In his 1873 memors, Israel Gillette Jefferson wrote, “When I came to Ohio I considered myself wholly free, and not till then.” Seven people (all Hemings family members) were freed by the terms of Jefferson’s will or received unofficial freedom from his heirs. Others, among them Israel Jefferson and the children of Joseph Fossett, obtained their freedom by purchase. Almost all of these free people left the land of slavery in the 1830s and 1840s for the free state of Ohio. The Fossetts and Israel Jefferson chose to settle in Cincinnati, the nation’s largest inland metropolis, while Madison and Eston Hemings went to more rural Ross and Pike counties, where many free people of color from central Virginia had already settled.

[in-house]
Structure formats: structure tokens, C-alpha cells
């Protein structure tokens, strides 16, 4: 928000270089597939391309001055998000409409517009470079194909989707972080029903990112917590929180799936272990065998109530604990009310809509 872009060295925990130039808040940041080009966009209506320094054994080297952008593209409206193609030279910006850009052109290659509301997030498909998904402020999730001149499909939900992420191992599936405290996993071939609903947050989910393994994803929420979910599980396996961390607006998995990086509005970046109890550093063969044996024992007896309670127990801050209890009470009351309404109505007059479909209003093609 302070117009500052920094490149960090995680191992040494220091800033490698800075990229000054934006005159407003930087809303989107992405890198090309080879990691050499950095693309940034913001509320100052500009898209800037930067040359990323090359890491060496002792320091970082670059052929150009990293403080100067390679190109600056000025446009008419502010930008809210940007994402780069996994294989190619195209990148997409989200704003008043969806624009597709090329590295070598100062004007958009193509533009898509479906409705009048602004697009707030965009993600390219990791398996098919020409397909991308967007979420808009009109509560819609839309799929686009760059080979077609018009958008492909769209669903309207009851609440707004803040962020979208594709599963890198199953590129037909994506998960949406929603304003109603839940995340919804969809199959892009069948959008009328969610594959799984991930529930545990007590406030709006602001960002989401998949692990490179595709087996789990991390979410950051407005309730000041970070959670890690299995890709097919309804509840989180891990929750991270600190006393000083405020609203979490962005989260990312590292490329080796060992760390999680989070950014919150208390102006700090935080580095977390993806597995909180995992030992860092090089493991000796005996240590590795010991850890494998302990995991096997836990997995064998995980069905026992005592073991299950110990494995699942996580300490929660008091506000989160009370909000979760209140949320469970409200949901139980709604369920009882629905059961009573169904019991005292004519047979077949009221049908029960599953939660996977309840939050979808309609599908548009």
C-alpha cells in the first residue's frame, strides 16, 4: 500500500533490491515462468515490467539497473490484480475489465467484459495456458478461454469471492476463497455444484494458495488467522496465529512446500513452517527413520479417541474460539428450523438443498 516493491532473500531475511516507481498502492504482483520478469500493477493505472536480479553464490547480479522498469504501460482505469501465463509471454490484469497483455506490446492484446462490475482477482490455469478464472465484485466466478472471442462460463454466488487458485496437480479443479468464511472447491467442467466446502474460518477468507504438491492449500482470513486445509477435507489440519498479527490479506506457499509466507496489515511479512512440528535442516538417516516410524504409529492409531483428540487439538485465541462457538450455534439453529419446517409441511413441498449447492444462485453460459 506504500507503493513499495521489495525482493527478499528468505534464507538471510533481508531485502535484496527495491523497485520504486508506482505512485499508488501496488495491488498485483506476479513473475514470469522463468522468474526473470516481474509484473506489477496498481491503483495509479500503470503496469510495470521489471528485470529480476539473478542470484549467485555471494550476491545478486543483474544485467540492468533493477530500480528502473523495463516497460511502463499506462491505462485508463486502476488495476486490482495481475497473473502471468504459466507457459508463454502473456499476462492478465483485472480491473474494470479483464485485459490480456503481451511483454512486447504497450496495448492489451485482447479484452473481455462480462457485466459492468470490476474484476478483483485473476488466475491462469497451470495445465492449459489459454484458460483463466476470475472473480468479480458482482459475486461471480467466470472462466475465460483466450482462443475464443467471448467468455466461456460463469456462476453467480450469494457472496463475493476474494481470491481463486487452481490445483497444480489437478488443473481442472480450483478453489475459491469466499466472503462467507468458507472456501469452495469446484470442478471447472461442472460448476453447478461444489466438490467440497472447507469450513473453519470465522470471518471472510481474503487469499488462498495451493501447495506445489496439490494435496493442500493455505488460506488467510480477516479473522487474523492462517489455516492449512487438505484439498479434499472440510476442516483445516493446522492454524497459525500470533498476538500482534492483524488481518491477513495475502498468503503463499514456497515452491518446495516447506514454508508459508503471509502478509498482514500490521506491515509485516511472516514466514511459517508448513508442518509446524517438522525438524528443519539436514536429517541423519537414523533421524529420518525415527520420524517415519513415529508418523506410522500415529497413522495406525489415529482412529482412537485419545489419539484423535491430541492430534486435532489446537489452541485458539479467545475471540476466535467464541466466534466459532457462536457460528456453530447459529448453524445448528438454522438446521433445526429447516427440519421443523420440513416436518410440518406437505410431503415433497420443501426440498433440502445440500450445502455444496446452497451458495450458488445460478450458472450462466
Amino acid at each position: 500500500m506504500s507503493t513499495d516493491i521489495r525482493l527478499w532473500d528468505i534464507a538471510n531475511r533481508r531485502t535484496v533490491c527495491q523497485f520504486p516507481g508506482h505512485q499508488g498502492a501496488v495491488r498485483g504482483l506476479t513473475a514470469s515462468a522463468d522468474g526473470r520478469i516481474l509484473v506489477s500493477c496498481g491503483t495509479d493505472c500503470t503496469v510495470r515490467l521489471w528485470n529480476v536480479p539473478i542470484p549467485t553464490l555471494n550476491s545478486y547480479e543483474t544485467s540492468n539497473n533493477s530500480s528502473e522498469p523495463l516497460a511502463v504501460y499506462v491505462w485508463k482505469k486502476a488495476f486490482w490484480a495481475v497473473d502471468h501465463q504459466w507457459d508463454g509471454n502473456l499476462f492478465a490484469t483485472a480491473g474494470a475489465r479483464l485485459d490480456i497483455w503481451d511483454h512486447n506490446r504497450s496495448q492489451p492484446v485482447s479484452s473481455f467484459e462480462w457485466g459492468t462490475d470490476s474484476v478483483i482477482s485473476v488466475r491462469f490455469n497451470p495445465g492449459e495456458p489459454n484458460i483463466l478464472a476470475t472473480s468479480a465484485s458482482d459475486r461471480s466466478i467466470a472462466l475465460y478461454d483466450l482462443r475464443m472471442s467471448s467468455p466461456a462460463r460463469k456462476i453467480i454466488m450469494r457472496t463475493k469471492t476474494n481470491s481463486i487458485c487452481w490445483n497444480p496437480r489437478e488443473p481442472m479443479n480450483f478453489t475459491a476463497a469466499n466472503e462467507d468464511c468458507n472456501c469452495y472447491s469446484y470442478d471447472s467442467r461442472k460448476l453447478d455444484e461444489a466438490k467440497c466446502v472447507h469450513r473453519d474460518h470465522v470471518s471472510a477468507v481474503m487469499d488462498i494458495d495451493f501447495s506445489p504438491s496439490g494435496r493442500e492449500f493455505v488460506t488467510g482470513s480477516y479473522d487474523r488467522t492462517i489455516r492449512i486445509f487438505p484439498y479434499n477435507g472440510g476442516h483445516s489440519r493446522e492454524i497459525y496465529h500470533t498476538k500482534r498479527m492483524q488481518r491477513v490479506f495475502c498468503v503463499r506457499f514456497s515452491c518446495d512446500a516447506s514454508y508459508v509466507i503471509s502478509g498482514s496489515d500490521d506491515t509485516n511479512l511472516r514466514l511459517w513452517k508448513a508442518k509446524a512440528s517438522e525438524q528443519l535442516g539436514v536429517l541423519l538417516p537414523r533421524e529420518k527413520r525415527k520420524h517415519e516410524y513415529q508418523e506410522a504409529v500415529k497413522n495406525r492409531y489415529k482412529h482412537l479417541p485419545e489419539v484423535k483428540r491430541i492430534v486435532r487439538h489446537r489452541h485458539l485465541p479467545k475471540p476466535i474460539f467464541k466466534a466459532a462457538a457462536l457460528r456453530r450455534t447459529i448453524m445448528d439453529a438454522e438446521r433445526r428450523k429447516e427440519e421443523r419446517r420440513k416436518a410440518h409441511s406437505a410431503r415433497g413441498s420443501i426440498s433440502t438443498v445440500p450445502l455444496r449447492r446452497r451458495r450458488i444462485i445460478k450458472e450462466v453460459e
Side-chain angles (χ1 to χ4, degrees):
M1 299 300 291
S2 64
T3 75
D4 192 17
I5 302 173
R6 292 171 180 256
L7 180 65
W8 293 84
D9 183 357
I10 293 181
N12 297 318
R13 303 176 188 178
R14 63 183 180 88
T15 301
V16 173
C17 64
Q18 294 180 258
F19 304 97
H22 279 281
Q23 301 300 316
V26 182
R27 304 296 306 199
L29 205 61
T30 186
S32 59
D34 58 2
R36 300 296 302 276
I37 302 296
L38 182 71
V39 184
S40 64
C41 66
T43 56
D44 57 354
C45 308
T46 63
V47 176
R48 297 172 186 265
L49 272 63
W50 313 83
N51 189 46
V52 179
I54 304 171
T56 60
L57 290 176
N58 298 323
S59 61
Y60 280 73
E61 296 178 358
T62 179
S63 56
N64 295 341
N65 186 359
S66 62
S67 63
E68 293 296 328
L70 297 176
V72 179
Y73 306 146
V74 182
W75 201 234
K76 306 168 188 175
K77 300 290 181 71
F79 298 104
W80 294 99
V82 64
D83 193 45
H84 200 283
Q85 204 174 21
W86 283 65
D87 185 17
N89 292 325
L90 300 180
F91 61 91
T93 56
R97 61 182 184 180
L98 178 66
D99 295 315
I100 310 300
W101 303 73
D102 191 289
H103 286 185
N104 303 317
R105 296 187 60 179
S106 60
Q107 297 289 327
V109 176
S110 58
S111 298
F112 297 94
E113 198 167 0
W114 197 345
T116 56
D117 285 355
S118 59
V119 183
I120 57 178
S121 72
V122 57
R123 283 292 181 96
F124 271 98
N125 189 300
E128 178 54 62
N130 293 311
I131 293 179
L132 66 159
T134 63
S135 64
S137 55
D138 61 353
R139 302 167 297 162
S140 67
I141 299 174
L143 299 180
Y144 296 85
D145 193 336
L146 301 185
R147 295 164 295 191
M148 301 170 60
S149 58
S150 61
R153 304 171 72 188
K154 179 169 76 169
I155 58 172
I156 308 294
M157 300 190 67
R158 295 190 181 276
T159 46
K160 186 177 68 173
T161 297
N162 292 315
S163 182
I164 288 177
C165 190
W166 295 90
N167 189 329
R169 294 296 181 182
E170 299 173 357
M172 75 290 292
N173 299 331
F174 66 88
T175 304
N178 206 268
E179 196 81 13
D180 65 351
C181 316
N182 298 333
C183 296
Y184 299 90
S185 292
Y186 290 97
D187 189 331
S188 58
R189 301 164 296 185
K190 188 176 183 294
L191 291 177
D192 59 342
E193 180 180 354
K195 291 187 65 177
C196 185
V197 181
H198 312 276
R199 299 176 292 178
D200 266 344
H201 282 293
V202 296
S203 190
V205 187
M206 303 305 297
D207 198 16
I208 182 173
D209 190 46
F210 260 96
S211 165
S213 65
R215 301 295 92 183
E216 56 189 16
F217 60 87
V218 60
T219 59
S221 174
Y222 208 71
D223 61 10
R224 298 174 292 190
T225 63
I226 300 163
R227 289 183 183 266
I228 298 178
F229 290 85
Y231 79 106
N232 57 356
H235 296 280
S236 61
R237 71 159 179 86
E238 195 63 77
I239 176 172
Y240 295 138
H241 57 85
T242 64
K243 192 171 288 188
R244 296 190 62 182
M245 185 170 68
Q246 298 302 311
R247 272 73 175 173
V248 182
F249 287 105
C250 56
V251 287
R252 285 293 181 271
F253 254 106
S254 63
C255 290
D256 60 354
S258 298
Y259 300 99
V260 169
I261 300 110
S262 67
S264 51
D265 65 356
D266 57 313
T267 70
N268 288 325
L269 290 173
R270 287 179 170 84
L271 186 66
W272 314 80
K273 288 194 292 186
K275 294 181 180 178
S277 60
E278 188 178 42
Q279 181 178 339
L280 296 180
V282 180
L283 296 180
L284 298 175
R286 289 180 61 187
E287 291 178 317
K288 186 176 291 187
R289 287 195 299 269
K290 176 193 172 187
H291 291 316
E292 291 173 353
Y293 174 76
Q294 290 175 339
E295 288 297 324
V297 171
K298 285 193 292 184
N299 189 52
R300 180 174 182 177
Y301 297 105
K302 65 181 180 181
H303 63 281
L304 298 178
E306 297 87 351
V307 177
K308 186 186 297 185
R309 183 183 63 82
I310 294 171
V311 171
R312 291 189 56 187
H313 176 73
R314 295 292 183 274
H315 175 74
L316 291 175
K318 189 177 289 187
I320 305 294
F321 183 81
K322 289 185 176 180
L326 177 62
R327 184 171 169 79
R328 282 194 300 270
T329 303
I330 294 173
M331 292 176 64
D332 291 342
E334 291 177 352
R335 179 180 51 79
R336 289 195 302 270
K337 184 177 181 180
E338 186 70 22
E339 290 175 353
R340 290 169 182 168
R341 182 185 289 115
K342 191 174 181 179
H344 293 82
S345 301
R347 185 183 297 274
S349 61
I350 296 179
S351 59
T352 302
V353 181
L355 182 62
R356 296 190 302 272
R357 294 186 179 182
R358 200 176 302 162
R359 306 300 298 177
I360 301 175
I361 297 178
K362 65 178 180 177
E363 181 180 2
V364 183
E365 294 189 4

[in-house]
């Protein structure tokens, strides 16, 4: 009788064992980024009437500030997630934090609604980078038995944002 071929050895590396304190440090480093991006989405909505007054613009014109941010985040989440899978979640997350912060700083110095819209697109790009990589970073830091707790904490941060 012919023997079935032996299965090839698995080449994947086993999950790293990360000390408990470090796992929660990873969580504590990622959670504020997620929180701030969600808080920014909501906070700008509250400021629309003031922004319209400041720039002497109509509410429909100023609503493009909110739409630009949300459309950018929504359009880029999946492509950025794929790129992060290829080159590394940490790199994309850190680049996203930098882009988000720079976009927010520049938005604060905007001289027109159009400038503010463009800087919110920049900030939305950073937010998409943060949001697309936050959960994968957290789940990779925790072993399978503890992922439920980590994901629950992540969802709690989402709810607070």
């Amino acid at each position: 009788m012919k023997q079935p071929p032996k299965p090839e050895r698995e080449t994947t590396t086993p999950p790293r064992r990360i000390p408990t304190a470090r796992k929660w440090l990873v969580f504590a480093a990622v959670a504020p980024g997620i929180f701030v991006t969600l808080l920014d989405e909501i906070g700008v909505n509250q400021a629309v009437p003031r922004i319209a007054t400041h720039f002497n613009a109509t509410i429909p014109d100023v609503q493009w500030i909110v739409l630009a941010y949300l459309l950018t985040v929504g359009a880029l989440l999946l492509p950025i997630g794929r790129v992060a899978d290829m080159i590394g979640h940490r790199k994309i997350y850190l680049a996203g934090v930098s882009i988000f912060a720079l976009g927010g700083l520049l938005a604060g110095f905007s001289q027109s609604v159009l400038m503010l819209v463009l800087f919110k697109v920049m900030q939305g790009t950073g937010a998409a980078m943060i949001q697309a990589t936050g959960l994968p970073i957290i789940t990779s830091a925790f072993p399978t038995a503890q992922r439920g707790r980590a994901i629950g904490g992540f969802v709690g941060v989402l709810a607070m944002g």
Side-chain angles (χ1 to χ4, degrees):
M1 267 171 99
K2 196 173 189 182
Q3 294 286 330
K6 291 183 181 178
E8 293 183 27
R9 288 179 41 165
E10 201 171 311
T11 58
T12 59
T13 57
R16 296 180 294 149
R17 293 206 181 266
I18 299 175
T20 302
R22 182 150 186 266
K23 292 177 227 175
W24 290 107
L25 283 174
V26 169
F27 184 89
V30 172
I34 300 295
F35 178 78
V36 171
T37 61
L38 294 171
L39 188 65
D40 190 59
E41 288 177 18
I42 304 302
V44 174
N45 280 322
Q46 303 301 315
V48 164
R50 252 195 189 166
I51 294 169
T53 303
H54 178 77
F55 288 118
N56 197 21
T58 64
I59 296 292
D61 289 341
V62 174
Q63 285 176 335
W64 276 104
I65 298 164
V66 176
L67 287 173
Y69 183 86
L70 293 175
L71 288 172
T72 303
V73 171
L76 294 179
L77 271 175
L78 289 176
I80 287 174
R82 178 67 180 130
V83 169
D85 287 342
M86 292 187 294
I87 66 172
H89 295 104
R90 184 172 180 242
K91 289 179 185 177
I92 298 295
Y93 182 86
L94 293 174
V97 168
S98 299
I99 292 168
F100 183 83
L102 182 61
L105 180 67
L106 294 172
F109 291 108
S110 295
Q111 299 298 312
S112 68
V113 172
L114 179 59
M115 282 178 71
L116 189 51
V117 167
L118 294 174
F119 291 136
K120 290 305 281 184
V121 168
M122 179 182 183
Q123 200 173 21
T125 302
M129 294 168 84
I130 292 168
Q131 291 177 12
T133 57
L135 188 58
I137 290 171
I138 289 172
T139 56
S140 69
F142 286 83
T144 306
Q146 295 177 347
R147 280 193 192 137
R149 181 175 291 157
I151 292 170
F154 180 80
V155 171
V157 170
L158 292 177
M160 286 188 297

Emmit House, in Waverly, Ohio, stands as a testament to the skills passed down from Monticello’s joinery through John Hemmings. Hemmings, who made much of Monticello’s decorative interior woodwork and numerous pieces of furniture, trained his nephews Madison and Eston Hemings in his craft. Madison Hemings helped to construct the Emmitt House and other buildings in southern Ohio, while Eston worked in Ohio as a carpenter and musician. Peter Fossett carried on the tradition of his mother, Monticello cook Edith Fossett, through his prominent Cincinnati catering business. His granddaughter Bessie Kelley Curtis was still operating the business in the 1950s. Tucker Isaacs, Joseph Fossett’s son-in-law, used the profit from the sale of his land on Charlottesville’s main street to purchase a large farm in Ross County, Ohio.